NEW YORK – The skull of a newly discovered 325-million-year-old shark-like species suggests that early cartilaginous and bony fishes have more to tell us about the early evolution of jawed vertebrates – including humans – than do modern sharks, as was previously thought.
PULLMAN, Wash. – Washington State University researchers have documented dramatic differences in the swimming ability of domesticated trout and their wilder relatives. The study calls into question the ability of hatcheries to mitigate more than a century of disturbances to wild fish populations.
WSU Puyallup researchers inspect the sprinkler system used to simulate rain events on the asphalt test plot. (l-r) Curtis Hinman, low-impact development extension specialist; Jen McIntyre, postdoctoral researcher, stormwater program; and Richard Bembenek, agriculture research technician, low-impact development. Photo by Betsy Fradd, WSU Extension Puyallup. McIntyre PUYALLUP, Wash. – Finding a solution to toxic highway […]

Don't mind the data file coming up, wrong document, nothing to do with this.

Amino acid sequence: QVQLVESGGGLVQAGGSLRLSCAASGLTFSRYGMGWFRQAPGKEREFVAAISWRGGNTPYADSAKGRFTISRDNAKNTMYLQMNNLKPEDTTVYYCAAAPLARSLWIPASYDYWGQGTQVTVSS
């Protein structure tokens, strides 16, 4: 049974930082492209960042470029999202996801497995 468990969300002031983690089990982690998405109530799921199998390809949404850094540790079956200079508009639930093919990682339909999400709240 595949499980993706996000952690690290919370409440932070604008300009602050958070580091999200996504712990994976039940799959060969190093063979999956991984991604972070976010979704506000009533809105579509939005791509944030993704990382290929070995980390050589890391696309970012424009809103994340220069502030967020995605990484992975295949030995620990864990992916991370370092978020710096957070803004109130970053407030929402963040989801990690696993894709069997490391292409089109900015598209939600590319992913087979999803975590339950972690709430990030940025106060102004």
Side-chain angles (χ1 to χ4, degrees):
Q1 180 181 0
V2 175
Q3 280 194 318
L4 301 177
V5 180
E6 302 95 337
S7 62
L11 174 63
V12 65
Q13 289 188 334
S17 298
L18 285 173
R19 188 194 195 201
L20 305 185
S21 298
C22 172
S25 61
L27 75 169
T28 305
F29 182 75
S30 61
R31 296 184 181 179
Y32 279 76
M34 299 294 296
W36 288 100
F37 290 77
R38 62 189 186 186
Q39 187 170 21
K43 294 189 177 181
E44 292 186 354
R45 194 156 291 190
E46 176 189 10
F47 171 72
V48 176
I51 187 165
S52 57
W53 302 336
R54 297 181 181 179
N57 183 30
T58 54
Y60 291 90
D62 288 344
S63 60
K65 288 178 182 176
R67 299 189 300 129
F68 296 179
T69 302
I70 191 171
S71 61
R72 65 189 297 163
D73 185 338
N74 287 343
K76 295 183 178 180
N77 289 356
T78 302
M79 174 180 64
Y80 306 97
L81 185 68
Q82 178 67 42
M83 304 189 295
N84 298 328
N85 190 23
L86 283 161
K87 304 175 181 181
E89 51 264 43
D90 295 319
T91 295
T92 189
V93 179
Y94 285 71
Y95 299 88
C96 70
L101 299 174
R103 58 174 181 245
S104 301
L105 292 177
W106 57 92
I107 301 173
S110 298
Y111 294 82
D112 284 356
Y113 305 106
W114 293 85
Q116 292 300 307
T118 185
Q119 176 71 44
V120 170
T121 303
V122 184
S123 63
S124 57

PULLMAN – Ronald W. Hardy, director of the University of Idaho’s Hagerman Fish Culture Experiment Station and director of the UI’s Aquaculture Research Institute, will deliver the third annual John E. Halver Endowed Lecture at 2:10 p.m., Friday, Oct. 13, in room T-101 of Washington State University’s Food Science and Human Nutrition Building. Hardy will […]
Biochemistry professor Robert P. Wilson, from Mississippi State University, will deliver the Second Annual Halver Lecture at 2:10 p.m. Thursday, April 14, in Johnson C105. An internationally recognized expert on fish nutrition, Wilson will discuss the development of nutritional fish genomics. Wilson is best known as the director of one of the two labs in […]